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Ancient Philosophy, Mystery, and Magic: Empedocles and Pythagorean Tradition

by Peter Kingsley

Buy the book: Peter Kingsley. Ancient Philosophy, Mystery, and Magic: Empedocles and Pythagorean Tradition

Release Date: February, 1997

Edition: Paperback


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Buy the book: Peter Kingsley. Ancient Philosophy, Mystery, and Magic: Empedocles and Pythagorean Tradition

One of few deserving 5 stars

Peter Kingsley's ANCIENT PHILOSOPHY, MYSTERY, AND MAGIC should be read by all students of western philosophy, as well as by anyone interested in thought and scholarship. Here is a work that shines a light into ancient Greek thought, and calls into question the motives and standards of ancient - and unfortunately modern - scholarship.

By itself, this makes the book worthy of wide attention. But what is more is that Kingsley brings philosophy back to its roots, helping enormously in the unpopular effort to shake us out of our current philosophical stupor and fascination with pointless 'problems.'

The book is written in a formal, academic style, unlike Kinglsey's later work. Those unfamiliar with this kind of writing may be put off (as is evidenced by some of the reviews here) by such 'intrusions' as foot and endnotes, and by the careful effort Kingsley has given to covering all the bases in order to create the most sound argument possible. Nevertheless, the book is not difficult to read by any means, especially when compared to most western philosophy today. Far from being evidence of Kingsley's wish to be pompous, or to impress colleagues, this style of writing is simply demanded by serious scholars, who were certainly among the primary targets of this book. One will not even be read by one's colleagues without writing in this established way. Had he not used this style, Kingsley would not have been taken seriously, and would have disappeared into the ranks of unpublished writers. That he was taken seriously by the elite of academia is seen by some of the reviews ANCIENT PHILOSOPHY received from them:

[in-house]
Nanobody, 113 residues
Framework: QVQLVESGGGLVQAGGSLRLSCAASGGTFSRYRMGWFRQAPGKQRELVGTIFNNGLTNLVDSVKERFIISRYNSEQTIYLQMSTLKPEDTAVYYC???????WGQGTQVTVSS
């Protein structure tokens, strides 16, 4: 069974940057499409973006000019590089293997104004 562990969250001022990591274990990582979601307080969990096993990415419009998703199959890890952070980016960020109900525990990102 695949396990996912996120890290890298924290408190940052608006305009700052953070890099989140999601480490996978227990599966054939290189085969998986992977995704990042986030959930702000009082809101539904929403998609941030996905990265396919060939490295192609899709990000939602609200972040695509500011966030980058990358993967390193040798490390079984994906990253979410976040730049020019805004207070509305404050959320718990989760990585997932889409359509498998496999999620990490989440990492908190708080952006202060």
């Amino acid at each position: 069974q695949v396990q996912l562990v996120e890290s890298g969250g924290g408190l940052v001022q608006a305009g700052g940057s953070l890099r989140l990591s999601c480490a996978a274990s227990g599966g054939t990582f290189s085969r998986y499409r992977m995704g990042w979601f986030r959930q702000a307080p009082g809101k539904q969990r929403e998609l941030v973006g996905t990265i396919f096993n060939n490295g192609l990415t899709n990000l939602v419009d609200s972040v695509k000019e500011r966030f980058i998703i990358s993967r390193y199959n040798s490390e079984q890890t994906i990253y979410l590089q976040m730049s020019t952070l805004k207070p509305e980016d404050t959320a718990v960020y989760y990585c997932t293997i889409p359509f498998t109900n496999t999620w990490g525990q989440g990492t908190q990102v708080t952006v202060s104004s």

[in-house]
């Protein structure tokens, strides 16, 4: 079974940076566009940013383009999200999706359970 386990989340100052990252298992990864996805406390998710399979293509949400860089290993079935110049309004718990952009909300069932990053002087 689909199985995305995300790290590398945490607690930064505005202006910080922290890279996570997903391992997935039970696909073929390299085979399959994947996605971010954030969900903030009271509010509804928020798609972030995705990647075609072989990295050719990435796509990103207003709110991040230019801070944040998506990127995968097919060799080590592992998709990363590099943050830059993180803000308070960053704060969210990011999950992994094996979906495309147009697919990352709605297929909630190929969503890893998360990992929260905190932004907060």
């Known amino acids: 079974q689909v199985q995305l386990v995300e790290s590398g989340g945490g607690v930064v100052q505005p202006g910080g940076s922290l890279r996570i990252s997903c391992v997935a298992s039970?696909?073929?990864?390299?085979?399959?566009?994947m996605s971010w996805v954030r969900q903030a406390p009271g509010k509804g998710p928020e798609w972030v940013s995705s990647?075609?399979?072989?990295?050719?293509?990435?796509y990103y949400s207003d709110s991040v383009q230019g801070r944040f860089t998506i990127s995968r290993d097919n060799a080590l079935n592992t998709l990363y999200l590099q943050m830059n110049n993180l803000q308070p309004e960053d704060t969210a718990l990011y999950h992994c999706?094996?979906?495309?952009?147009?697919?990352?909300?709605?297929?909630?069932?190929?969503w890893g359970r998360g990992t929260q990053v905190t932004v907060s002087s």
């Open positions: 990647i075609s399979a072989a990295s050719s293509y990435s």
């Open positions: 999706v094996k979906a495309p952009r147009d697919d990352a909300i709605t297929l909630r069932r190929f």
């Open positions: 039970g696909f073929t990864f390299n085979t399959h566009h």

"A masterpiece, gripping, urgent and important: a unique pioneering work."

"The thesis is argued with immense learning ... courageous, original."
THE TIMES (London)

"A remarkable achievement: challenging, learned and at the same time enthralling to read."

"Bold and extremely significant ... Kingsley's book may well be the most important book about Presocratic philosophy in years, and it is certainly one of the most exciting, challenging, and stimulating."

"Every scholar dreams of writing a truly original book, but in reality hardly anyone ever does. A truly original book, one that can transform a whole discipline, appears at the most once in a generation. In the field of ancient philosophy, Peter Kingsley's Ancient Philosophy, Mystery and Magic is such a book."
PROF. A. A. LONG, University of California at Berkeley

My guess as to why Kinglsey wrote in the standard academic style before switching to an informal one is that he wanted to establish himself as someone who was not a crackpot, before delving into the territory that he has with his second and third books. No respected scholar with a job to keep would dare to say what Kingsley has said in these later works. The sad fact is that if he had held a distinguished position in one of the top ten universities of the world, he would have been out on the street in no time had he published IN THE DARK PLACES OF WISDOM or REALITY, and that just goes to show what a sad state academia - higher 'learning' - is in.

Read this book first, then read the others. If you have an open mind, and have the creative ability to try on a new set of mental clothing, you'll be rewarded.

From Amazon.com

Interesting & worthwhile, but very academic

I was led to this book by John Opsopaus' superb "Pythagorean Tarot," wherein he mentions that Kingsley demonstrated that Empedocles was a shaman ("iatromantis," that is). Everything said about this book so far is true: It *is* an interesting and valuable read; it *is* highly technical; and Kingsley definitely takes on every other classical scholar in clearing the air, removing historical debris and cultural bias, and establishing a new standard of personal involvement in classical scholarship. My take is that one can get the gist of his conclusions in chapters 15 & 19 (and perhaps 20 & 22), without wading through all the scholarly minutae. This groundwork was probably necessary to remove the blinders from our collective eyes imposed by an earlier generation of Greek scholars overly wowed by science and strangely detached from personal experience. In the end, I look forward to reading Kingsley's "Dark Places of Wisdom."

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